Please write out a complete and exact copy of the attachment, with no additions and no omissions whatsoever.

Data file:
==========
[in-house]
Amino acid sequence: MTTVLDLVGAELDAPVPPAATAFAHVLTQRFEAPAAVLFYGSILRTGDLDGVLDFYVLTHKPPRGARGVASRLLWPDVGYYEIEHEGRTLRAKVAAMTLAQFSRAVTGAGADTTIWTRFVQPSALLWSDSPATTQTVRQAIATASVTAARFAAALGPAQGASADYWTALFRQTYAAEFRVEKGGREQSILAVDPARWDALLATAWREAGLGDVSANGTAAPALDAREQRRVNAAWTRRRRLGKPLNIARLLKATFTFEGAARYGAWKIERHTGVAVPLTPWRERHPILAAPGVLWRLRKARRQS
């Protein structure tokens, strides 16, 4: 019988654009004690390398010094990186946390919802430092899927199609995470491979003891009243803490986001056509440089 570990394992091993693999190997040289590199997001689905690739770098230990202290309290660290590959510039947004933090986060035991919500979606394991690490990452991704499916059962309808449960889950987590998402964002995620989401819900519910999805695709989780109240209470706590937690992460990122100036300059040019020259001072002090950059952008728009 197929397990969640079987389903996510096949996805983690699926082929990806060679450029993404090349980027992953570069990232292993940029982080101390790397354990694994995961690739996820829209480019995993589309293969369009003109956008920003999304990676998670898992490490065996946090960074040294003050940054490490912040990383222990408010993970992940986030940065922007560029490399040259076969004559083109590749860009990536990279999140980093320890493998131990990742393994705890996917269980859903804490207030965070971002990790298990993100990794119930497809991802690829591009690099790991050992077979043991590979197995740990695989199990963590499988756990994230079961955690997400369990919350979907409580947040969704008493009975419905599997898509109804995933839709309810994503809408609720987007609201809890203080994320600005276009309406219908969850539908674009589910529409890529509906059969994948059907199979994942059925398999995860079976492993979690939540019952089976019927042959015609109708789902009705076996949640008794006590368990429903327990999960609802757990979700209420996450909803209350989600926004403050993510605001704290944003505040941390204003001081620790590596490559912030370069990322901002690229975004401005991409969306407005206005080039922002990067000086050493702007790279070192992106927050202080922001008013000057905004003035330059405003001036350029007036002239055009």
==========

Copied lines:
[in-house]
Amino acid sequence: MTTVLDLVGAELDAPVPPAATAFAHVLTQRFEAPAAVLFYGSILRTGDLDGVLDFYVLTHKPPRGARGVASRLLWPDVGYYEIEHEGRTLRAKVAAMTLAQFSRAVTGAGADTTIWTRFVQPSALLWSDSPATTQTVRQAIATASVTAARFAAALGPAQGASADYWTALFRQTYAAEFRVEKGGREQSILAVDPARWDALLATAWREAGLGDVSANGTAAPALDAREQRRVNAAWTRRRRLGKPLNIARLLKATFTFEGAARYGAWKIERHTGVAVPLTPWRERHPILAAPGVLWRLRKARRQS
């Protein structure tokens, strides 16, 4: 019988654009004690390398010094990186946390919802430092899927199609995470491979003891009243803490986001056509440089 570990394992091993693999190997040289590199997001689905690739770098230990202290309290660290590959510039947004933090986060035991919500979606394991690490990452991704499916059962309808449960889950987590998402964002995620989401819900519910999805695709989780109240209470706590937690992460990122100036300059040019020259001072002090950059952008728009 197929397990969640079987389903996510096949996805983690699926082929990806060679450029993404090349980027992953570069990232292993940029982080101390790397354990694994995961690739996820829209480019995993589309293969369009003109956008920003999304990676998670898992490490065996946090960074040294003050940054490490912040990383222990408010993970992940986030940065922007560029490399040259076969004559083109590749860009990536990279999140980093320890493998131990990742393994705890996917269980859903804490207030965070971002990790298990993100990794119930497809991802690829591009690099790991050992077979043991590979197995740990695989199990963590499988756990994230079961955690997400369990919350979907409580947040969704008493009975419905599997898509109804995933839709309810994503809408609720987007609201809890203080994320600005276009309406219908969850539908674009589910529409890529509906059969994948059907199979994942059925398999995860079976492993979690939540019952089976019927042959015609109708789902009705076996949640008794006590368990429903327990999960609802757990979700209420996450909803209350989600926004403050993510605001704290944003505040941390204003001081620790590596490559912030370069990322901002690229975004401005991409969306407005206005080039922002990067000086050493702007790279070192992106927050202080922001008013000057905004003035330059405003001036350029007036002239055009």